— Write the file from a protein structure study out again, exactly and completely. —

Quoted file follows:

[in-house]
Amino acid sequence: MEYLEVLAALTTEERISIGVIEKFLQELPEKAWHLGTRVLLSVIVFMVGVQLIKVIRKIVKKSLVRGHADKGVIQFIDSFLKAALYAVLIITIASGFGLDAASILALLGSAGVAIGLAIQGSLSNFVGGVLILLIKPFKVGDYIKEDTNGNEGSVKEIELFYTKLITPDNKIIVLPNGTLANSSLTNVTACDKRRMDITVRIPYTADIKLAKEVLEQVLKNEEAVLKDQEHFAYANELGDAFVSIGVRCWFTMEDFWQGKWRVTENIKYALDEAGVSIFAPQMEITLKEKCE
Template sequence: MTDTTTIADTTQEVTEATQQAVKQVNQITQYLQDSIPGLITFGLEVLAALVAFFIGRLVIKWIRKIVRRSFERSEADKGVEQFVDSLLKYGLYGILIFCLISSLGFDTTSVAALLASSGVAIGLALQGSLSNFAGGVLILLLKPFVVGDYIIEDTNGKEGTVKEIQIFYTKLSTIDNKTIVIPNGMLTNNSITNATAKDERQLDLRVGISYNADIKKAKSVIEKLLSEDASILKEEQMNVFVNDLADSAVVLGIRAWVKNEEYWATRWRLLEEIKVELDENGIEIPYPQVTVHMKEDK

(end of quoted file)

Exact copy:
[in-house]
Amino acid sequence: MEYLEVLAALTTEERISIGVIEKFLQELPEKAWHLGTRVLLSVIVFMVGVQLIKVIRKIVKKSLVRGHADKGVIQFIDSFLKAALYAVLIITIASGFGLDAASILALLGSAGVAIGLAIQGSLSNFVGGVLILLIKPFKVGDYIKEDTNGNEGSVKEIELFYTKLITPDNKIIVLPNGTLANSSLTNVTACDKRRMDITVRIPYTADIKLAKEVLEQVLKNEEAVLKDQEHFAYANELGDAFVSIGVRCWFTMEDFWQGKWRVTENIKYALDEAGVSIFAPQMEITLKEKCE
Template sequence: MTDTTTIADTTQEVTEATQQAVKQVNQITQYLQDSIPGLITFGLEVLAALVAFFIGRLVIKWIRKIVRRSFERSEADKGVEQFVDSLLKYGLYGILIFCLISSLGFDTTSVAALLASSGVAIGLALQGSLSNFAGGVLILLLKPFVVGDYIIEDTNGKEGTVKEIQIFYTKLSTIDNKTIVIPNGMLTNNSITNATAKDERQLDLRVGISYNADIKKAKSVIEKLLSEDASILKEEQMNVFVNDLADSAVVLGIRAWVKNEEYWATRWRLLEEIKVELDENGIEIPYPQVTVHMKEDK